This is just an example to suggest product-related roles may work more across the business and deal with customers more than user experience and business analyst roles. The actual mix of skills and expectations will vary by company, title, and your own contribution to a given role.

This post by Brian de Haff on this blog post for Aha! suggests similar differences in that product managers are a bit more outward-facing than business analysts, whereas BAs focus more on technical specifications rather than business requirements.

In practice, across the projects I've run, these aren't rules but rather guidelines. As a software consultant in a BA role, I've had to work with stakeholders and work with customers. Conversely, now as a product owner, I will still address technical specifications when needed.

Hierarchy of Roles and Team Members: Basics First

I see titles and roles split based on how the industry has evolved as well as the size of organizations.

For small organizations or start-ups, you might start with a few “do-it-all” engineers. Go back a decade or so and all web-related activities fell under "webmaster."

When an organization is big enough for more of a cross-functional team, you might start adding roles to get to the following roles within a team.
  • Product Manager or Product Owner
  • Designer
  • Engineer
  • Quality Assurance
As an organization scales up, they will add more teams, possibly mixing in more roles for cross-functional and multidisciplinary teams. This might progress, in an order such as:
  1. Just engineers
  2. Engineers plus quality assurance, QA
  3. Engineers, QA, plus a part-to-full-time Scrum Maser
  4. Etc.
We can visualize this kind of hierarchy of team needs with something like this, where it makes sense to fill out roles in the bottom before adding more on top.

The point here isn't to suggest a hierarchy of importance, but rather that it doesn't make sense to add testers if there is no code. Nor do you need more processes and connections to the business if there isn't much of a team. 

To grow this out, we might have more granular roles such as the following, though not necessarily all within the same team:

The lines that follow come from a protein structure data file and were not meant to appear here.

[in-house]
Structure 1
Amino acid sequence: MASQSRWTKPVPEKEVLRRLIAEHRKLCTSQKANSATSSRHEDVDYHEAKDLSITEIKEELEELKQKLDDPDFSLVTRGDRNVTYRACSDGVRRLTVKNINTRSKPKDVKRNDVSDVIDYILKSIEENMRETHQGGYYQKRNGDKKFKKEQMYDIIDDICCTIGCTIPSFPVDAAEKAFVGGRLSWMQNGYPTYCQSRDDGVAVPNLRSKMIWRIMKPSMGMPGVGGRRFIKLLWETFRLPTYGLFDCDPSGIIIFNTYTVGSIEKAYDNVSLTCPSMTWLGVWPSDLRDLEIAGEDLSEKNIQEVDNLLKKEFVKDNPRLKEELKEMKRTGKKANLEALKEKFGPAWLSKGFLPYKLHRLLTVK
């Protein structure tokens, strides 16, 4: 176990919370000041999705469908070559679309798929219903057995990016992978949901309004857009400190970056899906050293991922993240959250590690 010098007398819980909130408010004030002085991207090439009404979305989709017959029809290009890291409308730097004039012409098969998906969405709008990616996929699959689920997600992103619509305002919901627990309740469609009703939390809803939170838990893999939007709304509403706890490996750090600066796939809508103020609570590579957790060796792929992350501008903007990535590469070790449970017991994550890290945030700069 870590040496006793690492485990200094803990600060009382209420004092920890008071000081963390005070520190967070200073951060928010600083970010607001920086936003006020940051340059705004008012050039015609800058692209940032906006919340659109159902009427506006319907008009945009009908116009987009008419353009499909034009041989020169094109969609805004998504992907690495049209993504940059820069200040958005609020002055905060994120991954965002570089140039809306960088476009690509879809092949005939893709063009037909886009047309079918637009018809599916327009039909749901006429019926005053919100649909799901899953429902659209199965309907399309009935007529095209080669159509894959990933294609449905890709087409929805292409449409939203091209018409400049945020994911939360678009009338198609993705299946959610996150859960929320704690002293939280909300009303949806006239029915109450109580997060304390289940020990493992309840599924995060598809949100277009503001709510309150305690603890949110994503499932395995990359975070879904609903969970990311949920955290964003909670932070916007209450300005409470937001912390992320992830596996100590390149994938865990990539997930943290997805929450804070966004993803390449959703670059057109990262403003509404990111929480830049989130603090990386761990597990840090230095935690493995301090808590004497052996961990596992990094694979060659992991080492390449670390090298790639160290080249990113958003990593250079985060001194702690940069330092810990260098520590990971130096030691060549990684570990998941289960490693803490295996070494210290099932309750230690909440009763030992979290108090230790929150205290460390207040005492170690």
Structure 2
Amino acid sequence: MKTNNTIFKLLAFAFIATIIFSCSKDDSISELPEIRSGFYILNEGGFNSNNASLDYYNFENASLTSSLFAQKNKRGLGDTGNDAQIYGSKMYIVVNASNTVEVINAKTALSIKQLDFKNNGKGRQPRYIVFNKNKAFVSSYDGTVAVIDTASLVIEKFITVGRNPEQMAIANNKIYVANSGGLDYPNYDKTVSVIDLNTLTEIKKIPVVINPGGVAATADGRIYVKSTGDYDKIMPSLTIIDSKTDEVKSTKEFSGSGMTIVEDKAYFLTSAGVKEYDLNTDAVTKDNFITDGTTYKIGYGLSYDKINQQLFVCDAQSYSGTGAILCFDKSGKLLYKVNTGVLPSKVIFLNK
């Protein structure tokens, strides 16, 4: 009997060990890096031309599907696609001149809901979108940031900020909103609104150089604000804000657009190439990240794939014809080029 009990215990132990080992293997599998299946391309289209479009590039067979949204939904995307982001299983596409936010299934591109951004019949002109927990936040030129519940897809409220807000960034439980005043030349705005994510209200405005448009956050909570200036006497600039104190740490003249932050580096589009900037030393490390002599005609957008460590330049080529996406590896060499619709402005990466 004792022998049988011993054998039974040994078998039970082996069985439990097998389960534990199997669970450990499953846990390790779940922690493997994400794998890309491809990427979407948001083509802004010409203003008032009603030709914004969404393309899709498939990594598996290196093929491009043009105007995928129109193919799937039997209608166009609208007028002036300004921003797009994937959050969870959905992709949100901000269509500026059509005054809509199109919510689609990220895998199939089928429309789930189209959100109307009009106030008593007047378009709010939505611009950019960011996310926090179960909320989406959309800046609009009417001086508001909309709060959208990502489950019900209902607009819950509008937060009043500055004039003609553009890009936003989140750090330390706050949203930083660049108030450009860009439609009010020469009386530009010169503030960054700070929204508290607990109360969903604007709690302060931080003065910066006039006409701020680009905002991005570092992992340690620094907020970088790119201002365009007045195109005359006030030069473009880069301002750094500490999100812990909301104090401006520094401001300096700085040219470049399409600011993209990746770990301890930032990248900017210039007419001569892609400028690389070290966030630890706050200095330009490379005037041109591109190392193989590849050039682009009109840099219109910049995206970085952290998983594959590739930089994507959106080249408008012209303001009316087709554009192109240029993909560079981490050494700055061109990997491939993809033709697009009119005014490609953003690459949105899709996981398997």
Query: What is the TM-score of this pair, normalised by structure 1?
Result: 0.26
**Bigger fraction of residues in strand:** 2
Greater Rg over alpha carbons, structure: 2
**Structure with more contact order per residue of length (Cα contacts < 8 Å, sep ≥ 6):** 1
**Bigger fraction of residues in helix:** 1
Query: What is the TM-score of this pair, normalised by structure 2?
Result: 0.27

• Product Manager
  • Product Owner
  • Scrum Master
  • User Experience (UX) Researcher
  • User Experience (UX) Designer
  • Front-end Engineer
  • Back-end Engineer
  • Quality Assurance (QA) focused on functional testing
  • Quality Assurance focused on automated testing
A more internally-focused team might have a BA instead of a designer. And a large-enough organization might have both. Many teams I’ve worked with have people with a range of skills as “hybrid” team members with a particular specialty, but a broad understanding of technology as individuals with “T-shaped” skills.

When in doubt, I've learned to always start with good, solid engineers. A mix of backgrounds and experience is good and I prefer enthusiasm and attitude over experience. If you don't have enough engineers, the QA manager might not let you have more QA engineers. :-) Without proper testing, then the pressure for comprehensive, prescriptive requirements upfront increases while it gets harder to identify edge cases and issues during design and build phases.

I've seen QA also work well as a path to product roles. By understanding how something works and asking "why" enough times, the curious and inquisitive will eventually end up at the customer.

Finally, as the industry recognizes that good UX design can and should also be applied to internal systems, I expect the blur between UX and BA would increase.


Let me be clear that similar to evolutionary theory, stages in career development is not a ladder. Over a decade ago I had the misguided notion that certain roles were the next natural step after other, more junior roles.

In this post by Laura Brandenburg, she concludes that the BA role could be an interim step to Product Management (PM), to which I agree. Similarly, Kevin Brennan suggests product management might be a good fit for a BA interested in executing their own vision.

However, it's not the only path for a BA, who might continue in an analysis role, work as an external resource as a consultant, or perhaps move into a management role. Personally, I went into cross-functional Project Management and then Project Management within IT operations before I realized I enjoyed working with customers slightly more than vendors. Ultimately, your own path will depend on your interests, aptitude, and opportunities while you might adjust the dimensions mentioned above to focus more or less on working with stakeholders, requirements, specifications, or customers.

You might also opt between a more individual contributor versus a more managerial or leadership role. There are developers, leads, and subject matter experts who have years of experience in their respective roles as invaluable team members. You might opt to fight Peter's Principle and find the role or work you love, without worrying about the specific title. Though when in doubt and to keep things interesting, find a way to grow years of experience rather than the same year, several times.

Headless Does Not Mean Page-less

I've heard confusion over pages, (modular) content, and "dynamic" content for as long as I've worked with content management.

To revisit the topic, I want to be clear that "headless" does not mean page-less. There is a legitimate and quite familiar use case for "dynamic content" without pages, but we shouldn't ignore some critical points about content management, human perception, and the nature of the internet or specifically the World Wide Web.

Stuff I've Learned About Product Management

Nearing four years into product roles for "enterprise product management," I've learned a few practical lessons that the product, UX, or leadership books, websites, and podcasts seem to gloss over or assume.

Specifically, remembering your audience creates a strong pressure on your communication skills. Roadmaps expire and you'll recreate them over and over again. And you have to be willing to break the "rules."